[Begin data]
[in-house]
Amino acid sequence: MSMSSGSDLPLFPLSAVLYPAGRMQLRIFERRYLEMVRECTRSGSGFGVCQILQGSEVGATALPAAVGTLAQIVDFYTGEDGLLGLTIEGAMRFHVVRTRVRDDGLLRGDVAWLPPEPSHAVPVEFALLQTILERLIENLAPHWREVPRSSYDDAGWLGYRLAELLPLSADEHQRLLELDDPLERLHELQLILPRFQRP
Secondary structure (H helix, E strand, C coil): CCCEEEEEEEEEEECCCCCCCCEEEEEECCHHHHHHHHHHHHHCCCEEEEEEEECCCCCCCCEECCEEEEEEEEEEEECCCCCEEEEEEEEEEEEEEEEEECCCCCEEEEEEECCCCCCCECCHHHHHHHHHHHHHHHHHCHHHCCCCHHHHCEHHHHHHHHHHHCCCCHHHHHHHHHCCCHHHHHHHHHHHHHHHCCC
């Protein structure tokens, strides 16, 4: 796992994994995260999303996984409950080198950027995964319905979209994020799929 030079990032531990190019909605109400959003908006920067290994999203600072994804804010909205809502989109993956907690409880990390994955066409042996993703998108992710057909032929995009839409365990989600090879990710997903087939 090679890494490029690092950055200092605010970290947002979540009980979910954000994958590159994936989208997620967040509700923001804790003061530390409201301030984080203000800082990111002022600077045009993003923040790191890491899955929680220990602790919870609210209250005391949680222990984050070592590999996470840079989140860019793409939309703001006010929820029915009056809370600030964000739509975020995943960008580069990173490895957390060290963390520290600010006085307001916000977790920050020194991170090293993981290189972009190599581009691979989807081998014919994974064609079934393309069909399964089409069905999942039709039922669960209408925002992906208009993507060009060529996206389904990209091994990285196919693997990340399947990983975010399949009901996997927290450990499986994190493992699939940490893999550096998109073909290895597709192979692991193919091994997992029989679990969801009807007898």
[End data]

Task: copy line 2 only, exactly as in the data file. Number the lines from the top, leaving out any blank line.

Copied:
Amino acid sequence: MSMSSGSDLPLFPLSAVLYPAGRMQLRIFERRYLEMVRECTRSGSGFGVCQILQGSEVGATALPAAVGTLAQIVDFYTGEDGLLGLTIEGAMRFHVVRTRVRDDGLLRGDVAWLPPEPSHAVPVEFALLQTILERLIENLAPHWREVPRSSYDDAGWLGYRLAELLPLSADEHQRLLELDDPLERLHELQLILPRFQRP